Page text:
Trust Increases Impact of Couple’s “Modest” Gift
Philip Cooper discovered early in his medical education that he enjoyed solving mysteries. The son of a family doctor and a homemaker, Cooper grew up in Los Angeles and earned a medical degree from UCLA. He was drawn to pathology, which involved long hours of peering through a microscope to analyze tissue samples. He developed expertise in skin diseases.
Cooper’s curiosity and a strong desire to teach led to a 30-year career—18 of them at the University of Virginia School of Medicine—in pathology and dermatology. In addition to teaching, performing laboratory work and conducting research, Cooper served as editor in chief of the Journal of Cutaneous Pathology, a leading journal in the field. Still, the professor emeritus said, he liked working with pathology residents above all. “They were all different; many were outstanding,” he said. “To me, the residents were the best part of the job.”
A history enthusiast since his undergraduate years, Cooper learned about U.Va.’sMiller Center of Public Affairs while on the faculty of the School of Medicine, but did not attend the center’s programs until after his retirement and the death of his first wife in 2002. He then began going to Miller Center forums on a regular basis and became acquainted with another attendee, Carol Burkhardt, a teacher of history and geography. They married in 2006.
A year later, inspired by the Miller Center’s work, the Coopers established the Philip H. Cooper and Carol B. Cooper Charitable Remainder Unitrust, a two-life, irrevocable trust to benefit both the Miller Center of Public Affairs and the Charlottesville and University Symphony Orchestra where Philip Cooper serves on the board of directors.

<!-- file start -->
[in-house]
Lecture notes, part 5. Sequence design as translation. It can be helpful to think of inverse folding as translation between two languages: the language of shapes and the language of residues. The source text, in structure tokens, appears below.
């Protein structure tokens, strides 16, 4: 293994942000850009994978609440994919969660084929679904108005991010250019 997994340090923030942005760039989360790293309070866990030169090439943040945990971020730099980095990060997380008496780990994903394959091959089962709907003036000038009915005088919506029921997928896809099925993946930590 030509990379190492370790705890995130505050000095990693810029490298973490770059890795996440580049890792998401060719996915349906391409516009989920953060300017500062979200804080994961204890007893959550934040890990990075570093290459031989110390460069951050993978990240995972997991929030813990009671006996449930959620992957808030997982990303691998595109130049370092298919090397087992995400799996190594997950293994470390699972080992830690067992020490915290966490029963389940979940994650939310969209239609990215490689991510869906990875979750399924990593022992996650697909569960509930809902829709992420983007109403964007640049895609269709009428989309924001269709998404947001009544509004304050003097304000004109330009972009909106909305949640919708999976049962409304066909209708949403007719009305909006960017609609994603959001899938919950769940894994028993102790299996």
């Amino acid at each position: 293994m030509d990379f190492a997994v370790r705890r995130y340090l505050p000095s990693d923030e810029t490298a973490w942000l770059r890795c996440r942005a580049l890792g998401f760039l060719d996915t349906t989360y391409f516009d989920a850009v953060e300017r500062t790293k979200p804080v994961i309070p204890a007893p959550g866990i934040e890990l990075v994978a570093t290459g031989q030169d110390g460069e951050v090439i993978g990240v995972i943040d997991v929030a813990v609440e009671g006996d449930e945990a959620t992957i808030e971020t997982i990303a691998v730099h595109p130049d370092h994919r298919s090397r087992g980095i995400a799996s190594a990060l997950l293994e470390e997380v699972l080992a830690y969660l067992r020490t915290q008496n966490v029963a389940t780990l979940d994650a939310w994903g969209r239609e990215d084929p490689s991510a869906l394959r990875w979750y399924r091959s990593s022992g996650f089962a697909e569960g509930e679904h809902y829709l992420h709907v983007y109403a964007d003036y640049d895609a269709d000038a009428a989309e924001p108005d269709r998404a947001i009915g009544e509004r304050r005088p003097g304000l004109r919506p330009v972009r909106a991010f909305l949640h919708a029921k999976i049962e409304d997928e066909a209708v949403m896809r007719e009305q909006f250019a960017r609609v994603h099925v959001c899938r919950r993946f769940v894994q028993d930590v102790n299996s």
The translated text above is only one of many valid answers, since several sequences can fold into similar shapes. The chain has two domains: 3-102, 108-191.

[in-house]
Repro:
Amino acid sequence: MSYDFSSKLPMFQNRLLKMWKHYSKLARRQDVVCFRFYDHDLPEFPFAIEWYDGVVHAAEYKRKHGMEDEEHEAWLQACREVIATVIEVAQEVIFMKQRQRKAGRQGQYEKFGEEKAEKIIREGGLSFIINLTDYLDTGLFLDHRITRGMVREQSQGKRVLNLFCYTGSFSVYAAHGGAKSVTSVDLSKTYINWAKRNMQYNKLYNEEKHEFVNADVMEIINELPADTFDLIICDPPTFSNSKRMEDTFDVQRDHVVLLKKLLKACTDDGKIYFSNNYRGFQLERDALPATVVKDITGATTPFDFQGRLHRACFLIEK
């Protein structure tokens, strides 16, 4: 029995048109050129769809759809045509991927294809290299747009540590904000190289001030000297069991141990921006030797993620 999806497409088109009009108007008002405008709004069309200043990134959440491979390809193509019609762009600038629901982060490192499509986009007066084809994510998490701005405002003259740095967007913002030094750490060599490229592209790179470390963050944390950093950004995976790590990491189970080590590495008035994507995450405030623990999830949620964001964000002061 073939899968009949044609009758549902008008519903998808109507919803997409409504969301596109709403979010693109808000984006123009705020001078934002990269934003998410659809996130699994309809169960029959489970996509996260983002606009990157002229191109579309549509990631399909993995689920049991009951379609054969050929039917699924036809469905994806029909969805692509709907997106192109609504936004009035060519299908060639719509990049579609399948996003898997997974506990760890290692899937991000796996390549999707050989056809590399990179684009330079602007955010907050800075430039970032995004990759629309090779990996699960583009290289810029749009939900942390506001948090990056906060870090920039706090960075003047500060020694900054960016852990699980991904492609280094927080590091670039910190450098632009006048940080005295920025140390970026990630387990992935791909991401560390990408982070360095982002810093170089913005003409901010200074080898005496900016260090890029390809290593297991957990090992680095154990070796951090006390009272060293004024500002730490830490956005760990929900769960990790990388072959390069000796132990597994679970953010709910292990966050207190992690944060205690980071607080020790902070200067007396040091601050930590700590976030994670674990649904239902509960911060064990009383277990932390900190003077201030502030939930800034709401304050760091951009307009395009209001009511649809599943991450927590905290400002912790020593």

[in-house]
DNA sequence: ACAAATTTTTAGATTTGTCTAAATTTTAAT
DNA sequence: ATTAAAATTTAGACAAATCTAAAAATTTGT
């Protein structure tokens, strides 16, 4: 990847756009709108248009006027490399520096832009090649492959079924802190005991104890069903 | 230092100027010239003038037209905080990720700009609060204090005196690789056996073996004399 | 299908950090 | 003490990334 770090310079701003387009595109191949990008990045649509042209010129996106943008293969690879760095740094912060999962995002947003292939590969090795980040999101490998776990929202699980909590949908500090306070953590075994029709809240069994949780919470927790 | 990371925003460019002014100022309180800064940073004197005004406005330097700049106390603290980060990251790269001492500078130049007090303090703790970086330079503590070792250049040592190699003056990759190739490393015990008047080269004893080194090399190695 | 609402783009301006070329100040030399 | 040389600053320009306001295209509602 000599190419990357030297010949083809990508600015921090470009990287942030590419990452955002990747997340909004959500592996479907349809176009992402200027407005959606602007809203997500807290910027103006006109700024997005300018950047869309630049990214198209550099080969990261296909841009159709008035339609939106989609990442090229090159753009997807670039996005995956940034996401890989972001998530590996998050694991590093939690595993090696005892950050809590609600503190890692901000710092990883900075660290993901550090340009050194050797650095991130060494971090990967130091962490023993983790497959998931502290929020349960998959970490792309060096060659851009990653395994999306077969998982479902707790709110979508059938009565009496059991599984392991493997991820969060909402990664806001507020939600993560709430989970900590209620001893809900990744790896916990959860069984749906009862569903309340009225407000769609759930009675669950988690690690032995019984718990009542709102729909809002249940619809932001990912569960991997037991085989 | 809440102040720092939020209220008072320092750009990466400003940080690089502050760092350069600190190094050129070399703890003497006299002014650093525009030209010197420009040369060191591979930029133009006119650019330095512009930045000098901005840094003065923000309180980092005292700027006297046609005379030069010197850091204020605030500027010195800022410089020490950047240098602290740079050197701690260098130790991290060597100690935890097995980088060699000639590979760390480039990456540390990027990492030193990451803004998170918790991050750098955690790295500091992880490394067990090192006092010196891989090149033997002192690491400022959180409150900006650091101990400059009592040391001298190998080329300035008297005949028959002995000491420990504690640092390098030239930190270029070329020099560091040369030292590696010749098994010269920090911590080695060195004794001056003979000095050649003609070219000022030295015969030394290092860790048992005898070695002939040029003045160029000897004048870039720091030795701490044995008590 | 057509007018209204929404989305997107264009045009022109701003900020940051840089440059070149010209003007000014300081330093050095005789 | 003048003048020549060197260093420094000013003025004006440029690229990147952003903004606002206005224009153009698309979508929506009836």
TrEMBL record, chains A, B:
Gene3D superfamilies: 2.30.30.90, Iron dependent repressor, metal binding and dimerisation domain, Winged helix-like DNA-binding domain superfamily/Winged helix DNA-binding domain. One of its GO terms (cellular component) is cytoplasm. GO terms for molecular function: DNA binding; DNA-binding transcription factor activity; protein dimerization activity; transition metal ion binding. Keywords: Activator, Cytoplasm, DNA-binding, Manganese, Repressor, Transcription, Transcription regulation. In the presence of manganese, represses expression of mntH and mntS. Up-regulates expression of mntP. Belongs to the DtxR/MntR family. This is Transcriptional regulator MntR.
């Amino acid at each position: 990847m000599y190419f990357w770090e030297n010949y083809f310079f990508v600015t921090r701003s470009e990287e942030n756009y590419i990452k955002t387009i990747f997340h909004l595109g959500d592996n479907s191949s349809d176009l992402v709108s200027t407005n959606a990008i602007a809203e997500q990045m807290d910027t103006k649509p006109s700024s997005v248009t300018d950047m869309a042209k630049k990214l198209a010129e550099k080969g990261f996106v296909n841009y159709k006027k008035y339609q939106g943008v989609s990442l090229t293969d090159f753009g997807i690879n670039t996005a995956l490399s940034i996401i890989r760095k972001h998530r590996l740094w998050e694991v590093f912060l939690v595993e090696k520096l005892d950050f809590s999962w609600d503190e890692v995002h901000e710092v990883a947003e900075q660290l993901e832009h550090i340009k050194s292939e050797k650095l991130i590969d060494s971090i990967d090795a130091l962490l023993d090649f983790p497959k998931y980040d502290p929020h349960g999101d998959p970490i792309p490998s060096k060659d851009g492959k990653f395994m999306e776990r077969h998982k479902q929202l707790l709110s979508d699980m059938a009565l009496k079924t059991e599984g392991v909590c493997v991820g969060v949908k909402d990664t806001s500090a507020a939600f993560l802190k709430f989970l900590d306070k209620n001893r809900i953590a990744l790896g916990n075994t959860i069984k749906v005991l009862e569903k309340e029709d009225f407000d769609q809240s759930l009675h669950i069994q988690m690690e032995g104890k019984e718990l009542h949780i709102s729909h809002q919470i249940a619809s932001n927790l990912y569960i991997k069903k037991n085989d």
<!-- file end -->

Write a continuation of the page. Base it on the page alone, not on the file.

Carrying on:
He said the remainder trust struck him as a good option for people “who hopefully have a good number of years left to live and who want their modest amount to have a greater impact.”
In addition to the trust, the Coopers also have funded a GAGE (Governing America in a Global Era) fellowship at the Miller Center. This competitive program assists individuals completing their dissertations on American politics, foreign policy or world politics, or on the impact of global affairs on the United States. The program currently provides nine $20,000 grants to support one year of research and writing. Along with administering the fellowship grants, the Miller Center assists the fellows in choosing senior scholars from their fields to serve as mentors.
“The Coopers’ involvement with the GAGE program goes beyond simply their financial support,” said Brian Balogh, founder and chair of the GAGE fellowship program. “They have helped us make the GAGE fellowship into the most prestigious national fellowship in its field.”
While neither of the Coopers comes from a philanthropic background, both wanted to give something back. “Our society is built on people participating, both with their work and their finances,” Carol Cooper said. “We just feel that it’s part of the duty of an American citizen. If you can give, you do.”